Advances in Photoprotection

Elma D. Baron, MD; Eugene B. Kirkland, BS; Diana Santo Domingo, MD

Disclosures

Dermatology Nursing. 2008;20(4):265-273. 

In This Article

Abstract and Introduction

Major advancements in the realm of photoprotection have occurred over the last decade providing potential means to reduce the prevalence of ultraviolet radiation-related skin problems. This review elucidates current photoprotective methods and recent developments that may hold future promise.

In an era of increased cancer awareness and a focus on disease prevention, photoprotection has taken on new significance. Studies have linked ultraviolet radiation (UVR) to photoaging, skin cancer, immunosuppression, and exacerbation of certain photosensitive disorders. UVB (290-320 nm) has almost always been at the center of attention because of its well-established role in carcino-genesis and ability to produce erythema (Verschooten, Claerhout, Van Laethem, Agostinis, & Garmyn, 2006). On unprotected skin, sunburns from UVB typically occur 4 hours post-exposure and peak within 24 hours. However, most incident sunlight is composed of UVA (320-400 nm), which is much less erythemagenic. In fact, 1,000 times more UVA is required to cause sunburn when compared with UVB (Kullavanijaya & Lim, 2005). Tanning is the more common result of UVA exposure, explaining its prominent role in the tanning industry. This lack of visible erythema can be deceptive because many of UVB's deleterious effects are shared by UVA.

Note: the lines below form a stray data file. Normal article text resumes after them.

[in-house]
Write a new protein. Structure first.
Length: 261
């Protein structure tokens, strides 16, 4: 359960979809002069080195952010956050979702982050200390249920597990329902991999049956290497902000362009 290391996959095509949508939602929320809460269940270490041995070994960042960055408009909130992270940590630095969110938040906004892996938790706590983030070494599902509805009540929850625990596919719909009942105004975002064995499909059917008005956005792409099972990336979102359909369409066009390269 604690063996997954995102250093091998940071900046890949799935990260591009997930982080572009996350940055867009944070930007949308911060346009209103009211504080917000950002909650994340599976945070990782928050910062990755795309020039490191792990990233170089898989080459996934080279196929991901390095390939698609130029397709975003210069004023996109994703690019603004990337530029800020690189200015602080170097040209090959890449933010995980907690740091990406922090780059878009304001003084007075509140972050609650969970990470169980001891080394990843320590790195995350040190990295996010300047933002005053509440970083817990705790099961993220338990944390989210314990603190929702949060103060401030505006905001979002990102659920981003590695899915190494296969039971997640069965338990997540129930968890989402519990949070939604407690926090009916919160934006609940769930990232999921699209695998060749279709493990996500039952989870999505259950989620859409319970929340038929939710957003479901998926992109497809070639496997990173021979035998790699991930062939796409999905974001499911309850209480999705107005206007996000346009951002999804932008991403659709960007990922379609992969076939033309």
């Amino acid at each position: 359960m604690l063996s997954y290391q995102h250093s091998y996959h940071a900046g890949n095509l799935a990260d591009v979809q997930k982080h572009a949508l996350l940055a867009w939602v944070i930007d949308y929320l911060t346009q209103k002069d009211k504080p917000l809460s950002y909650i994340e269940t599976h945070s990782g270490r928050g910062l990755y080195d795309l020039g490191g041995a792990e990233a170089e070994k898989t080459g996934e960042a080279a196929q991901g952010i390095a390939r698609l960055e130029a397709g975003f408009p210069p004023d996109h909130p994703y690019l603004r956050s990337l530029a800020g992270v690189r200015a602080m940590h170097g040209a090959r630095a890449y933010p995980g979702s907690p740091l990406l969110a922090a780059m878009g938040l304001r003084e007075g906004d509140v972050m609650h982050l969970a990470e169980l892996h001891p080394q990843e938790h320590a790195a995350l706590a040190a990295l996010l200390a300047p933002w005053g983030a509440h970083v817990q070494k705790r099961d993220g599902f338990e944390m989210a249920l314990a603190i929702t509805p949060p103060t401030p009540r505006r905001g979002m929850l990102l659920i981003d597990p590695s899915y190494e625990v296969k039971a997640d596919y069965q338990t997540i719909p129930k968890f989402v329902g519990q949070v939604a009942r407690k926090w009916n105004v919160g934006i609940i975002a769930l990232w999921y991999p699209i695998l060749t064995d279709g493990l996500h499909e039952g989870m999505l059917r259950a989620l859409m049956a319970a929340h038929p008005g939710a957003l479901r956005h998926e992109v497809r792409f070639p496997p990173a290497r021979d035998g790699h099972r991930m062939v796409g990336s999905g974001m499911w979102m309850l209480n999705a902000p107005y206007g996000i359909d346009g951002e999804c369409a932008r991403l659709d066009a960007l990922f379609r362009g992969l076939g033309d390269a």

Much still remains to be explored regarding the specific spectra responsible for each of UVR's damaging effects (Lim et al., 2001). Therefore, the need for broad protection against UVR deserves emphasis. Fortunately, major advancements in the realm of photoprotection have occurred over the last decade providing potential means to reduce the prevalence of UVR-related skin problems. In this review, the current methods of UV protection, along with recent progress in the field, are described.

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